We'll come back. No, Alicia was cool. She left like, I could have made this long story really short.

She left shortly after that and it was all good. She moved on to IDL doing different things, but yeah, then it was just me.

And there was a junior designer who was hired at the same time as me, but he started later than me.

So I didn't even meet him. And then he would become sort of like, you know, my, the junior to my senior.

And we worked together and started from there shortly after I was able to add another senior designer, I guess Alicia's back though.

But, and that, and I brought in a good friend of mine who I went to school with and who I started to try to do a partnership with in like the recession, you know, and we're trying to make it happen.

And so it was kind of cool the way things worked out.

He was sort of, he was like available looking for a change and I was able to bring him in and the three of us, that's Paul and Vinay.

And we did, yeah, we was like the three of us for a while, I think for like two years.

Yeah, we just, we're kind of like a trio.

You want me to go on? I'll keep going. Actually, well, like back on the backup.

So when you were told you were gonna work on a refresh, you stopped there.

They're like, no, no, no, that's funny. You're actually not doing that.

What did you work on then off the bat? What was like your first focus area?

Yeah, I mean, this is crazy. Like this was set the tone for the next eight years because it was like, well, you know, I don't know.

Maybe the, okay, we'll just, we'll say that story is true.

The details of that story might not be exactly true, but I can't remember anything because I've had a lot of kids since then, you know.

No, but I do know the very first assignment, like major assignment though, was our conference.

So here, you know, I landed at Twilio and like, I'm in tech and like, Twilio is a particularly difficult technology to wrap your head around if you're not technical.

I mean, APIs are somewhat complicated. If you're not, I'm not technical.

But beyond that, just like communications and transitioning the legacy world of communications into software and APIs and stuff, there's a lot of like legacy stuff to even understand before you recognize the potential and the power of Twilio and the usefulness of the products and all those things.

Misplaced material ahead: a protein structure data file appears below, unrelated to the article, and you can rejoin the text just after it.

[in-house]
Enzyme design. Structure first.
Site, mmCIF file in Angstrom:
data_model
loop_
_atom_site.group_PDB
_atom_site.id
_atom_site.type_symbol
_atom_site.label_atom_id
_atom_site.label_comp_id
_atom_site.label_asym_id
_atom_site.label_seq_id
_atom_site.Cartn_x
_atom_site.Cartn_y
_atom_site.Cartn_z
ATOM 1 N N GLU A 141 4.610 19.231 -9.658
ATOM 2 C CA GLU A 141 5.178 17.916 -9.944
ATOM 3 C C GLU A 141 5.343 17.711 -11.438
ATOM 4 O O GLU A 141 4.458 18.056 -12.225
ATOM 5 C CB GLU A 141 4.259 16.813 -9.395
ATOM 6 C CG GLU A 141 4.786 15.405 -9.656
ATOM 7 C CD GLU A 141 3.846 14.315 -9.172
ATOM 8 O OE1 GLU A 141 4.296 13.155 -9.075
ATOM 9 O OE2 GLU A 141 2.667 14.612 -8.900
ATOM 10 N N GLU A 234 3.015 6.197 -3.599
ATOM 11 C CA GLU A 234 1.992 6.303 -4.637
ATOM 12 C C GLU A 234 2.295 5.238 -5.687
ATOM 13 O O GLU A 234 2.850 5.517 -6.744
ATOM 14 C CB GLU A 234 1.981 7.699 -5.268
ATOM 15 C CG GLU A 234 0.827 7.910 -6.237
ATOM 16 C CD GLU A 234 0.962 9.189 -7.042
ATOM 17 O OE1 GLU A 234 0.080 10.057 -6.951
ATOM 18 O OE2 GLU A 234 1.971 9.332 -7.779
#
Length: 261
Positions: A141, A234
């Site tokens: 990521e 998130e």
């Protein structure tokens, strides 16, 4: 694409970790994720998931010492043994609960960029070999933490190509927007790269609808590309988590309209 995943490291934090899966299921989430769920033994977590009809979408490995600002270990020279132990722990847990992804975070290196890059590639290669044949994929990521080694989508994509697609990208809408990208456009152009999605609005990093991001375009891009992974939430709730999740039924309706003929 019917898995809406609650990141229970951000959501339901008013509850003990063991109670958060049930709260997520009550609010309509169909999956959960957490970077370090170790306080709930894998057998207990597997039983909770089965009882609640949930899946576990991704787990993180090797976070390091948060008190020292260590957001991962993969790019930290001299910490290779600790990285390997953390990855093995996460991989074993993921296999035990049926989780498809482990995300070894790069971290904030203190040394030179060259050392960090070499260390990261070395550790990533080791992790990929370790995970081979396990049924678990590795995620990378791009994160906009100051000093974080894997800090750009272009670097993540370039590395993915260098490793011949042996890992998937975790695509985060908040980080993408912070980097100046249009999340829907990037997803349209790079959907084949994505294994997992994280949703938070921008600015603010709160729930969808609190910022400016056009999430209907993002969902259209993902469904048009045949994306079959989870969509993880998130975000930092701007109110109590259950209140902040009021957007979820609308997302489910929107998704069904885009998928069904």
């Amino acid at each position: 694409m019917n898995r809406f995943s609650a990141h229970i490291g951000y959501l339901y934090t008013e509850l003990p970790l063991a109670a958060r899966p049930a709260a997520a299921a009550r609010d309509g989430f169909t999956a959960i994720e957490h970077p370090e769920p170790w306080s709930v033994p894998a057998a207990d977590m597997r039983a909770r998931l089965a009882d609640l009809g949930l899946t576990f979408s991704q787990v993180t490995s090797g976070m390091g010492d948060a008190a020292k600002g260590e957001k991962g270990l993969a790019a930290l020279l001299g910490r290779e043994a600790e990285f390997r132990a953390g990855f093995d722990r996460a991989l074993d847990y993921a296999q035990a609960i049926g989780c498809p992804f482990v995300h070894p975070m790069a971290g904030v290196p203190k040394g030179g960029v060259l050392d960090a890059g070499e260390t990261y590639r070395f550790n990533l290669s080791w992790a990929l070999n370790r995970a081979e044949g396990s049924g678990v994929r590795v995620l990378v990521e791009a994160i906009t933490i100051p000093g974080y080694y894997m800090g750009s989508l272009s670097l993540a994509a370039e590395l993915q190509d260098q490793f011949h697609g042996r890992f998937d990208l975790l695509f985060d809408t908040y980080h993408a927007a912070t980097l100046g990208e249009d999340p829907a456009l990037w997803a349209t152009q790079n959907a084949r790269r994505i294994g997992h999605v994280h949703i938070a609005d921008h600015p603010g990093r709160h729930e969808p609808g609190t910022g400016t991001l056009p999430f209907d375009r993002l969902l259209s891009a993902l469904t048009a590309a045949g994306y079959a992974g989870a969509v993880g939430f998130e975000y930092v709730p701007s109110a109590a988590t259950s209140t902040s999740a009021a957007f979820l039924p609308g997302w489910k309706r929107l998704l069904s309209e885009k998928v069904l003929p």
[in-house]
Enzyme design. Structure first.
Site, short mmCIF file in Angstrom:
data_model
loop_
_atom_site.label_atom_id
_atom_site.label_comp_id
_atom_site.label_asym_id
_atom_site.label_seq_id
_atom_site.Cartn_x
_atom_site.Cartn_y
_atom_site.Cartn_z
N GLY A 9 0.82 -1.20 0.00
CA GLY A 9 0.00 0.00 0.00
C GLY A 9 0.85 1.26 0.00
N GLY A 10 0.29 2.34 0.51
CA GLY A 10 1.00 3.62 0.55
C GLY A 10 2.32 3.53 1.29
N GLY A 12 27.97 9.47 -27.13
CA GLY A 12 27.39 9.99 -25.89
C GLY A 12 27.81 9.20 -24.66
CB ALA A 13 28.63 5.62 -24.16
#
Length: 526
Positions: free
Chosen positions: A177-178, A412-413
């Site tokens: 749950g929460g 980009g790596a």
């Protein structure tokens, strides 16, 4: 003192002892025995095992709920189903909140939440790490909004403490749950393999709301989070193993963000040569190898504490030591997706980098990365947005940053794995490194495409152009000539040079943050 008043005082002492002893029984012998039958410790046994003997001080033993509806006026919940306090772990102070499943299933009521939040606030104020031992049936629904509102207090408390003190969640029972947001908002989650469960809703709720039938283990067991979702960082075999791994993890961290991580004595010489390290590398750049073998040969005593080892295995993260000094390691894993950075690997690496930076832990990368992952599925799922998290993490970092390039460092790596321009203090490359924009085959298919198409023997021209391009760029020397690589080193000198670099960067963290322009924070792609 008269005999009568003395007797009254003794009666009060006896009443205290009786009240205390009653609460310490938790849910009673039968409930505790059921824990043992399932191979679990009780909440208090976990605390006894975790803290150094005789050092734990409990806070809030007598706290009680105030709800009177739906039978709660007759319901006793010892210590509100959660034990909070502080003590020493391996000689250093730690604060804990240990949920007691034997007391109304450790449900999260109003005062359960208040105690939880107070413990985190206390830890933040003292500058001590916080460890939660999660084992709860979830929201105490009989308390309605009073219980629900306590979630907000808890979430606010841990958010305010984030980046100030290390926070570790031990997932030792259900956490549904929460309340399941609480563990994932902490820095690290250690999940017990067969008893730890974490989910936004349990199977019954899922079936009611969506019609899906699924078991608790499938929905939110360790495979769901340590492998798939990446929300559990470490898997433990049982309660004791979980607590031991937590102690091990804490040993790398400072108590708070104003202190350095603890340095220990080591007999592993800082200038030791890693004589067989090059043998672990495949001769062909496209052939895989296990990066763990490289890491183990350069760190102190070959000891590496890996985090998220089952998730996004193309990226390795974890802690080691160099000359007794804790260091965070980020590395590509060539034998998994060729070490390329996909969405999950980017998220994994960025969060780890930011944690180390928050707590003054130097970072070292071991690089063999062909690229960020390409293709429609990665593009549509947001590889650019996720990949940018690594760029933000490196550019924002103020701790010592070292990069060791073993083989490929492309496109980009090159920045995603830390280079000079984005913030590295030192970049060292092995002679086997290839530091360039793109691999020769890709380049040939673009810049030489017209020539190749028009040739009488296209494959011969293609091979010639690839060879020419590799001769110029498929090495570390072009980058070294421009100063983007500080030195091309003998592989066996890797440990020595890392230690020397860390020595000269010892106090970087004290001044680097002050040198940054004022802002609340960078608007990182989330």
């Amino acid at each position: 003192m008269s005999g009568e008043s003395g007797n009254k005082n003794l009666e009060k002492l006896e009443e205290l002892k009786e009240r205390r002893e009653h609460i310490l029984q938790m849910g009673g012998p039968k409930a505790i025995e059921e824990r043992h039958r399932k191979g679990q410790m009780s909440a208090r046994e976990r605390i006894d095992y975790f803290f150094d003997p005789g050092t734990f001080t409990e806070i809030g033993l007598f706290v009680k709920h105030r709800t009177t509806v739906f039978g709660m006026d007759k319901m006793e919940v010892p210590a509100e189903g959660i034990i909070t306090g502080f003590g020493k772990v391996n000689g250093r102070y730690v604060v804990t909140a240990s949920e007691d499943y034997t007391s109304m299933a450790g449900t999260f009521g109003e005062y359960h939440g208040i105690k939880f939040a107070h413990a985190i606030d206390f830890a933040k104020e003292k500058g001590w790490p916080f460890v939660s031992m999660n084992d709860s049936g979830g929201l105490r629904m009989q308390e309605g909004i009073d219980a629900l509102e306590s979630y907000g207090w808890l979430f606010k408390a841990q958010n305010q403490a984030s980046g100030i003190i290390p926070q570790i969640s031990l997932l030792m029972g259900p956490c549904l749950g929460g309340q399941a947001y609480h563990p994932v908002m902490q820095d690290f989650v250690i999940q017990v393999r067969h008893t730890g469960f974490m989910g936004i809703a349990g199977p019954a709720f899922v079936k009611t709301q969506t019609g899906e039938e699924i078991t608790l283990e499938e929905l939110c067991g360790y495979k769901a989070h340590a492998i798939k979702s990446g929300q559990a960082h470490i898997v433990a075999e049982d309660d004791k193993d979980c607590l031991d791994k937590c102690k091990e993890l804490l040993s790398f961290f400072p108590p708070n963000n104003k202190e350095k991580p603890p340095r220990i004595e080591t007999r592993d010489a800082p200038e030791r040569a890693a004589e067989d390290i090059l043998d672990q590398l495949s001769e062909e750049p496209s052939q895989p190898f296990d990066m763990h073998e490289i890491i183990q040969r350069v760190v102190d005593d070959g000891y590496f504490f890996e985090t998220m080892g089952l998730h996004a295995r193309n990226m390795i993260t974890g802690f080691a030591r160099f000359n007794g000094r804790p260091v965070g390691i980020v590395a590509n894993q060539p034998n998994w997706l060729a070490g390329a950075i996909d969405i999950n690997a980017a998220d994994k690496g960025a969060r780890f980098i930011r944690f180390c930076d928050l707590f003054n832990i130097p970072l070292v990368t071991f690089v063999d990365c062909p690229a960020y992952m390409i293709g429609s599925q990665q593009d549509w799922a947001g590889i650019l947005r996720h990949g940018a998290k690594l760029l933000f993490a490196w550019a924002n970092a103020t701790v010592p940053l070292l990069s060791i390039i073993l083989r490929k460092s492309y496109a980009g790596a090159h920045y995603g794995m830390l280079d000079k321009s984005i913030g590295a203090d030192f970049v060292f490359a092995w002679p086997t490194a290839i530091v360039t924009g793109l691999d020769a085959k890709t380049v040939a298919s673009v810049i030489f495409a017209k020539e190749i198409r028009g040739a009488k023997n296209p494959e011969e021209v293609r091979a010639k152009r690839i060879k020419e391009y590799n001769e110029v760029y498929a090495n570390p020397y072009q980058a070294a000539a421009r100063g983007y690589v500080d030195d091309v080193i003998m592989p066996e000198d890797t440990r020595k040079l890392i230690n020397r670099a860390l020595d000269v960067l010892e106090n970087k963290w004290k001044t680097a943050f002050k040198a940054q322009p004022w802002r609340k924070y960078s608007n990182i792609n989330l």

So it was like a weird world to be dropped into, but I was always confident, you know, because I'm just like an optimist.

Like, yeah, I'll figure it out.

And they were like, great, we have a TwilioCon. It was happening in like three months and they didn't have anything.

They didn't have any like theme or, you know, or like, or set branding or anything like that.

So, I mean, I was wide open to it. I was like, this is great, but it certainly was a lot of work and a lot of work, sort of like high, what's the word?

High exposure? No, high profile work. Stuff that involves like the, you know, the executives and everything too.

They're like, what's our thing going to look like?

And we're like, hi, I'm Sean, I just started.

Hi, I'm Neha. This is what we're doing. Yeah, so, I mean, in a way, it was like a giant branding project anyway.

So it was cool. And they, you know, they got to, we got to really like express it in different ways.

I saw like a lot of opportunity.

It was cool like that sector, just, you know, whatever the funding situation was like, or whatever it was, it was definitely different from a lot of agency work, which was like, hey, we have these really great concepts and let's hope the client buys them because then we'll get to do them.

And then, you know, there's a lot of pitching back and forth and maybe you can, a lot of the greatest ideas are like, you know, left on the table because they want to do something more conservative or something.

But I just recognize that, you know, Twilio just, they want to make a splash pretty much with everything.

So they're just kind of like, everybody's down for the ideas.

Everybody was supportive. Andrea was really supportive.

And at that time we were pretty small. So even Jeff, you know, the CEO was like, he's really accessible and easy to talk to and supportive and get a lot of instant feedback.

And we all kind of work in the same area. And I don't know, it was cool.

It was easy to go out on a limb and try different things. And I think I just brought, I brought some like agency procedure and experience to it too.

So I think that that was like a good place for me because I realized that that was sort of needed.

A lot of people were like, yeah, man, it really was kind of like, I don't know the right metaphor.

Not necessarily Wild West, it's kind of like, but it's like everybody was really, I ultimately decided to work at Twilio and a lot of people say the same thing because just because of the energy just felt, it felt like that.

You need to go into the interview and, you know, you just like, you look out the window while you're talking to people where I do, cause I look all over the place if you can tell, but it's like, what's going on over there?

You know, it was just like, buzz it like open office, you know, a lot of people just like socializing and I don't know, you could tell that people really liked working there and they really liked what they were doing.

And you could also tell that like, there was a lot of problems that needed to be solved.